‘Good afternoon Frank,’ Elaine grinned as she entered the room, carrying a meal tray. ‘Helen, what a nice surprise!’
Helen stood up from beside her husband’s bed and nodded at the nurse stiffly. She slung her bag over her shoulder and briefly turned back to him.
‘I hope you’ll at least consider it,’ she whispered, not unkindly. Another pained smile at Elaine and she whisked her way out of the room.
‘I–I’m sorry,’ Elaine said, embarrassed, ‘I hope I didn’t interrupt anything important.’
‘Not at all,’ Frank chuckled from his bed. The chuckle turned into a cough as he sat up, swinging his tray table around in preparation for the plate. ‘Impeccable timing, in fact; that’s why you’re the best disability support worker I’ve ever had.’
‘Frank, you’ll make me blush.’
He chuckled again as she laid the food out for him.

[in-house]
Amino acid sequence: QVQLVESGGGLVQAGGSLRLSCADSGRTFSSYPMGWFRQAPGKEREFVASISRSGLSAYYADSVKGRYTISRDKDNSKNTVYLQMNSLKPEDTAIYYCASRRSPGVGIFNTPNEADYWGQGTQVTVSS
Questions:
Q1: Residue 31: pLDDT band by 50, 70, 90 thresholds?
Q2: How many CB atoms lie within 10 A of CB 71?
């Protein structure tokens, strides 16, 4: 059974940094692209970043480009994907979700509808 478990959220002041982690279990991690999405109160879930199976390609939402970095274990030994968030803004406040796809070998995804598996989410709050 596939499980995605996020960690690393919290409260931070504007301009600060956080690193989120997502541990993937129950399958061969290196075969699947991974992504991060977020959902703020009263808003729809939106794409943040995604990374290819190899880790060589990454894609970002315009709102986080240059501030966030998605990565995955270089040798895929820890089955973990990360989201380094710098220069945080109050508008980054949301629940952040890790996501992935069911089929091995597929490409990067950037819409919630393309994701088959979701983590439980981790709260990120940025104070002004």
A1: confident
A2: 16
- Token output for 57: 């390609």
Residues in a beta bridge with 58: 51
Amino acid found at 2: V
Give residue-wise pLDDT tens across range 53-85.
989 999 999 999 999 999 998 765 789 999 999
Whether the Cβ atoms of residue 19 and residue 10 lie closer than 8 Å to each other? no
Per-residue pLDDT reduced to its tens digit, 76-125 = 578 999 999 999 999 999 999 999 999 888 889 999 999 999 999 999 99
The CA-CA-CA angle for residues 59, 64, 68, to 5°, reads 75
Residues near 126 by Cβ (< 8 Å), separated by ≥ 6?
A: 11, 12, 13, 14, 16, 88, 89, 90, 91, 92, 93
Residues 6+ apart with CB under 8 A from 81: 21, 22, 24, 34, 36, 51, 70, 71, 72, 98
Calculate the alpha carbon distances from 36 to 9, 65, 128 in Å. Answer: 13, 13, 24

‘You want to know, don’t you?’
She shook her head, with a smile. ‘Absolutely not. None of my business.’
‘Go on, pull up a chair.’
Elaine grinned, dragging his armchair forward a few inches.
‘She wants to leave me,’ he said, popping a small cut of steak into his mouth.
‘Oh, Frank…’ she started. ‘I’m so sorry.’
‘Nah, don’t be,’ he waved her off. ‘It’s been a long time coming. Fifty years, give or take.’
He chuckled again, but it ended more sadly this time. ‘Believe it or not, with me coming in here we’re the happiest we’ve ever been. That’s… that’s a hard thing to learn.’
Elaine didn’t know what to say.
‘We tried it all,’ Frank said. ‘Talked to people, went on holidays together, moved to Adelaide. Community nursing was the answer all along — who knew? Who knew…’ he sighed, setting down his knife and fork.
Elaine leant out to grasp his paper-skinned fingers. ‘It’s nobody’s fault Frank.’
He patted at the back of her hand, another wry smile trying to force its way to the surface, but never quite making it all the way.
They sat together, in the silence.